Monday, June 29, 2009

Supreme Court to Review Ruling that NFL Licensing Pact Was Not Antitrust Conspiracy

This posting was written by John W. Arden.

Contrary to the recommendation of the FTC and the Department of Justice Antitrust Division, the U.S. Supreme Court today granted review of a Seventh Circuit ruling that the National Football League and its 32 members did not engage in an illegal antitrust conspiracy by granting an exclusive trademark license to apparel manufacturer Reebok International.

The U.S. Court of Appeals in Chicago had rejected a complaining apparel manufacturer’s Sherman Act Section 1 claim on the ground that the league and teams were acting as a single entity when collectively licensing their intellectual property through a jointly-owned licensing affiliate (American Needle Inc. v. National Football League, 2008-2 Trade Cases ¶76,259).

Intraenterprise Conspiracy

Acting as a single entity, the league and its members were incapable of conspiring among themselves under the intraenterprise conspiracy doctrine espoused in Copperweld Corp. v. Independence Tube Corp. (1984-2 Trade Cases ¶66,065), the appeals court held.

An assertion by the complaining manufacturer that the 32 teams could not be considered a single entity—because they each controlled their own intellectual property and their actions deprived the market of independent sources of economic power—was rejected by the appeals court. The teams could function only as one source of economic power when collectively producing NFL football, the court explained.

Questions for Review

In its petition for review, the complaining manufacturer asked:

(1) Whether the league and the teams were a single entity exempt from rule of reason claims under Section 1 of the Sherman Act “simply because they cooperate in the joint production of NFL football games, without regard to their competing economic interests, their ability to control their own economic decisions, or their ability to compete with each other and the league” and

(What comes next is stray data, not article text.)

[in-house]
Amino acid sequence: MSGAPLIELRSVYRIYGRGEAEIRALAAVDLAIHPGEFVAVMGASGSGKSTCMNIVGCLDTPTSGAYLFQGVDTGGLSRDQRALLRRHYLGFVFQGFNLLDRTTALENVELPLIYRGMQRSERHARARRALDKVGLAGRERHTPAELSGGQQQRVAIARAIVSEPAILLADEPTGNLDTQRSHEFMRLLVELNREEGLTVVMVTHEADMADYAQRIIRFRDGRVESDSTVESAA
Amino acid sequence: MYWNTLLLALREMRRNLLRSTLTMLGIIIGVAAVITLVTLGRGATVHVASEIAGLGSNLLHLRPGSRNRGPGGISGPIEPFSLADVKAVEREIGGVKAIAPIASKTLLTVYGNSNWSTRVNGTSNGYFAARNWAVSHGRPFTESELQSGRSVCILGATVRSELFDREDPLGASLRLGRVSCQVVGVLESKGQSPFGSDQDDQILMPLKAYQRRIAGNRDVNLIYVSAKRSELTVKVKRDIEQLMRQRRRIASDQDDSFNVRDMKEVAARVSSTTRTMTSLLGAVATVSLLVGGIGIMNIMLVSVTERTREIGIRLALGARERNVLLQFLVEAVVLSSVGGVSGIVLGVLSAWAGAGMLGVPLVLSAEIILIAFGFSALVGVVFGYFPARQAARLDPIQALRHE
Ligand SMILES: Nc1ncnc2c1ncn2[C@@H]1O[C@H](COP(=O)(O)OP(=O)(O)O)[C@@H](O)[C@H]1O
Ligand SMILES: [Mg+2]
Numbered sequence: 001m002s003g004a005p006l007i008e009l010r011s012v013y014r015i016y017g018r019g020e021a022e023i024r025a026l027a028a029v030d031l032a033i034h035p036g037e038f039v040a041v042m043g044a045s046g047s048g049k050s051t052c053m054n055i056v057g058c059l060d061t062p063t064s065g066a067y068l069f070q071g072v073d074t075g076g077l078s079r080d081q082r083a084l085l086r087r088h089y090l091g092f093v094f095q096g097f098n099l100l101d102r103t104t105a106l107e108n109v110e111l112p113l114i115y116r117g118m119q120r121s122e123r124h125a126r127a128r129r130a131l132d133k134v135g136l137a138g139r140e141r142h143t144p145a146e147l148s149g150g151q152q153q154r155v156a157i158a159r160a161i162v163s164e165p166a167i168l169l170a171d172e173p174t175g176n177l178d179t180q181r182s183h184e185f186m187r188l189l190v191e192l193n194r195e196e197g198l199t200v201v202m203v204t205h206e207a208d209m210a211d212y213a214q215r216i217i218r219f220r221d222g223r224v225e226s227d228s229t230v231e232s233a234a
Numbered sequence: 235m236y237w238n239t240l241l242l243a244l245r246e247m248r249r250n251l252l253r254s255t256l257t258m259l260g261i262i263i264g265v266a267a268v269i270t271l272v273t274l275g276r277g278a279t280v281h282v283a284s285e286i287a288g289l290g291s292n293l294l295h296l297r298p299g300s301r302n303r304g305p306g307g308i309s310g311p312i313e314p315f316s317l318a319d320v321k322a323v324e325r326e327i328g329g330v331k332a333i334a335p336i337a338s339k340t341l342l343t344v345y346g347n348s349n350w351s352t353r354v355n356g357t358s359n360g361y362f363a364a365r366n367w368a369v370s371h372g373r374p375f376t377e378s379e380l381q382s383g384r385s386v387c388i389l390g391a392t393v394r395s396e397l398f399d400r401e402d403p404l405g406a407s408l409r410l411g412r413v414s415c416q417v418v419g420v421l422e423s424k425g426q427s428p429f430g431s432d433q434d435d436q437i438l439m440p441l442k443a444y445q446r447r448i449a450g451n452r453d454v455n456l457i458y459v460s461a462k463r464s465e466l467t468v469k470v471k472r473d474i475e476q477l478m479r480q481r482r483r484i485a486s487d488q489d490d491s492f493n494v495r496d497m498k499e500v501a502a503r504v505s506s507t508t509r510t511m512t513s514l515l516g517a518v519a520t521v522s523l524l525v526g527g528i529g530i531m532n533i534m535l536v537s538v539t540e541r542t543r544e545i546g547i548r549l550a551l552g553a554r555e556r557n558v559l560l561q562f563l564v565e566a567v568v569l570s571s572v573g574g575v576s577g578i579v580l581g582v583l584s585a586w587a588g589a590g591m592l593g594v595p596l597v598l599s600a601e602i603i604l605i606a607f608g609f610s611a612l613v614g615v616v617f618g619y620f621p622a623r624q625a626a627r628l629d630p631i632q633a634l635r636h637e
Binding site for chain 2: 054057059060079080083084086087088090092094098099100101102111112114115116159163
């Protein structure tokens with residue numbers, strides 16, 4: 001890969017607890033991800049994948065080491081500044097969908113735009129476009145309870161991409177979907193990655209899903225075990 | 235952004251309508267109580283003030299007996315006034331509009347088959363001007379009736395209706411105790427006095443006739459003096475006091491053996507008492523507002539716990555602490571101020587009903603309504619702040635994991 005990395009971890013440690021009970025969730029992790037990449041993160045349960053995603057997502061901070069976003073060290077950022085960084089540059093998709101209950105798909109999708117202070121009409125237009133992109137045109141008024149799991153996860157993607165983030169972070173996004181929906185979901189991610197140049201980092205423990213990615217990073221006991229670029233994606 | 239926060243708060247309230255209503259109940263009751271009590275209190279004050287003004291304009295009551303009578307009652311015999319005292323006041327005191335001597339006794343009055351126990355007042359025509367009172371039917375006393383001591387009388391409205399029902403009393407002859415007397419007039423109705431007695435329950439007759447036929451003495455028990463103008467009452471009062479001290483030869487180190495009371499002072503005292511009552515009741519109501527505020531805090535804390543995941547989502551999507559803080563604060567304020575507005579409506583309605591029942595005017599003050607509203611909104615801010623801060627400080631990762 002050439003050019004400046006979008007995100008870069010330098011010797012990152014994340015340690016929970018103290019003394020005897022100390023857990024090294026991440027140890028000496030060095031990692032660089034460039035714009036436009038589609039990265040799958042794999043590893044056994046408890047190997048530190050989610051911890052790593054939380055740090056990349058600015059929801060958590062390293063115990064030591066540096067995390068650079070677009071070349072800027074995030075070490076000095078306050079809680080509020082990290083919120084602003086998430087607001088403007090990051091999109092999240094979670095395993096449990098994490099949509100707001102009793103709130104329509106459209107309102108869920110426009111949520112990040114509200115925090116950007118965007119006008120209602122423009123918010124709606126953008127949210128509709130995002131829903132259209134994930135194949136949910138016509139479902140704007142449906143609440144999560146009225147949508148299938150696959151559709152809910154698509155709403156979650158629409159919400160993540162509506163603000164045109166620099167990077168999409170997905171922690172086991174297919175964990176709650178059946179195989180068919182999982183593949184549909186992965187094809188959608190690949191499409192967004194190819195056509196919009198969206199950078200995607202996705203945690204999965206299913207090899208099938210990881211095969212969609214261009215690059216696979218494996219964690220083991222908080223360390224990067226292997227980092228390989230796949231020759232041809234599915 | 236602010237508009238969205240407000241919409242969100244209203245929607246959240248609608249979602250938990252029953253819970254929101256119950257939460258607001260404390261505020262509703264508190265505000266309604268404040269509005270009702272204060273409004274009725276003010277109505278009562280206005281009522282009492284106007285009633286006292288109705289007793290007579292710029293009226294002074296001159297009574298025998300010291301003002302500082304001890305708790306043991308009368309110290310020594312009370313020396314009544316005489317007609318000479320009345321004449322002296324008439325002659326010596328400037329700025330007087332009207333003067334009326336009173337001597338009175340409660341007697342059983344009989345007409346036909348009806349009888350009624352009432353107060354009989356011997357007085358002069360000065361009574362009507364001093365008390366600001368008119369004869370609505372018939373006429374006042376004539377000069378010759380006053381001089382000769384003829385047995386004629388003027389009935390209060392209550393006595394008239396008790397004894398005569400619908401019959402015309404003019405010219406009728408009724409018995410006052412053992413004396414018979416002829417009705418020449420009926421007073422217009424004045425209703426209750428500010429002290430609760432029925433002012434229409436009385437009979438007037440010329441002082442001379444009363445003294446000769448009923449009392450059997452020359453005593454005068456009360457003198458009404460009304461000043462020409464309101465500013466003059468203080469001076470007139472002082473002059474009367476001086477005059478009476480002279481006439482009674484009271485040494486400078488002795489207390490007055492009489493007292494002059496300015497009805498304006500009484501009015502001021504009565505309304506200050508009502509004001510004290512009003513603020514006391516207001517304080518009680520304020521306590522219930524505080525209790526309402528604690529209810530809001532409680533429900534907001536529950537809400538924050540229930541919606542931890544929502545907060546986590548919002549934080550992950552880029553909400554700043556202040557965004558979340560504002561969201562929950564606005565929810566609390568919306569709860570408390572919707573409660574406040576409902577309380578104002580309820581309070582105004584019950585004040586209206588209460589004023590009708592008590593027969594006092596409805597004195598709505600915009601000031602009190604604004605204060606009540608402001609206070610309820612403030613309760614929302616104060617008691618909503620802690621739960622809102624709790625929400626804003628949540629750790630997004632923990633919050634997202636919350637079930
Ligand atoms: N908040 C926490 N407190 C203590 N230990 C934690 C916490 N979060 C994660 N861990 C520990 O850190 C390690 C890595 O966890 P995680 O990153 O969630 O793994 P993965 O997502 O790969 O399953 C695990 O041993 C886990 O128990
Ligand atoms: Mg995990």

(2) Whether the license agreement between the league and its members and Reebok International—under which the teams agreed to refrain from competing with each other in the licensing and sale of apparel and to refrain from granting licenses for a period of ten years—was subject to a rule of reason claim “where the teams own and control the use of their separate logos and trademarks and, but for their agreement not to, could compete with each other in the licensing and sale of Team Products.”

(American Needle, Inc. v. National Football League, Petition for a Writ of Certiorari, Docket No. 08-661, filed November 17, 2008)

Respondents’ Brief

In an unusual move, the league and its teams urged the Supreme Court to review the decision. Although the result reached by the appeals court was correct, the respondents explained, the courts of appeals were divided on the question. This division “opens the door to repeated, costly antitrust suits that burden not only the joint venture participants, but also the federal courts.”

Thus, the respondents supported the grant of certiorari “in an effort to secure a uniform rule that (i) recognizes the single-entity nature of highly integrated joint venture and (ii) obviates the uncertainty, chilling effects, and forum shopping that inevitably results from the current conflict among the circuits.”

(American Needle, Inc. v. National Football League, Brief for the NFL Respondents, No. 08-661, filed January 21, 2009).

"Friend of the Court" Brief

Subsequently, the FTC and Department of Justice Antitrust Division filed an amicus brief, urging the Supreme Court to deny review of the decision. Contrary to the respondents’ views, the joint brief concluded that the Seventh Circuit decision did not conflict with any decision of another court of appeals. Furthermore, the agencies argued that neither the petitioner nor the NFL respondents presented a question warranting review.

The respondents’ claim that “the principle implicated by the question presented is not limited to professional sports leagues” and “has important implications throughout the economy” was rebuffed by the agencies.

“[T]he somewhat idiosyncratic nature of the relationship between individual NFL teams and the league as a whole makes this case an unsuitable vehicle for resolving broader questions of the kind the NFL respondents identify,” the amicus brief concluded.

(American Needle, Inc. v. National Football League, Brief for the United States as Amicus Curiae, No. 08-661, filed May 28, 2009).

No comments: